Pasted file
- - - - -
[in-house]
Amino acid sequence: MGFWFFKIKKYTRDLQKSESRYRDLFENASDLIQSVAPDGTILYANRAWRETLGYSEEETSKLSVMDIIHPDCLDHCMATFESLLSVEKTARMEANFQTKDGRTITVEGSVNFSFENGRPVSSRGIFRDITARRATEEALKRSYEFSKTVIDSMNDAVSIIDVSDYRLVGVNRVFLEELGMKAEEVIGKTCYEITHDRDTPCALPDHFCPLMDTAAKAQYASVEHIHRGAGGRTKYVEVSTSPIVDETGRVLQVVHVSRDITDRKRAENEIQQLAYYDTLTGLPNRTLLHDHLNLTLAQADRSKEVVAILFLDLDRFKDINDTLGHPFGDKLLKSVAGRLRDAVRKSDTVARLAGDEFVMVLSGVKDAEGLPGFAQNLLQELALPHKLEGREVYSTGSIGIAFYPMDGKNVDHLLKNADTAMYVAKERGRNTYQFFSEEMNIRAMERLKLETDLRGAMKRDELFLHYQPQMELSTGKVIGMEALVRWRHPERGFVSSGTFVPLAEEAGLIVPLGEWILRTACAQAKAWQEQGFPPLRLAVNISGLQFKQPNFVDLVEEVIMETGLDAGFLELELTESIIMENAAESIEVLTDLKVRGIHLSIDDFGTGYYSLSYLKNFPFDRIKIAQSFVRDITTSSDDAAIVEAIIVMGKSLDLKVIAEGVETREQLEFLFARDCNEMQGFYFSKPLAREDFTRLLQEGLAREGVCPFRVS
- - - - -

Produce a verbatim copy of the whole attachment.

[in-house]
Amino acid sequence: MGFWFFKIKKYTRDLQKSESRYRDLFENASDLIQSVAPDGTILYANRAWRETLGYSEEETSKLSVMDIIHPDCLDHCMATFESLLSVEKTARMEANFQTKDGRTITVEGSVNFSFENGRPVSSRGIFRDITARRATEEALKRSYEFSKTVIDSMNDAVSIIDVSDYRLVGVNRVFLEELGMKAEEVIGKTCYEITHDRDTPCALPDHFCPLMDTAAKAQYASVEHIHRGAGGRTKYVEVSTSPIVDETGRVLQVVHVSRDITDRKRAENEIQQLAYYDTLTGLPNRTLLHDHLNLTLAQADRSKEVVAILFLDLDRFKDINDTLGHPFGDKLLKSVAGRLRDAVRKSDTVARLAGDEFVMVLSGVKDAEGLPGFAQNLLQELALPHKLEGREVYSTGSIGIAFYPMDGKNVDHLLKNADTAMYVAKERGRNTYQFFSEEMNIRAMERLKLETDLRGAMKRDELFLHYQPQMELSTGKVIGMEALVRWRHPERGFVSSGTFVPLAEEAGLIVPLGEWILRTACAQAKAWQEQGFPPLRLAVNISGLQFKQPNFVDLVEEVIMETGLDAGFLELELTESIIMENAAESIEVLTDLKVRGIHLSIDDFGTGYYSLSYLKNFPFDRIKIAQSFVRDITTSSDDAAIVEAIIVMGKSLDLKVIAEGVETREQLEFLFARDCNEMQGFYFSKPLAREDFTRLLQEGLAREGVCPFRVS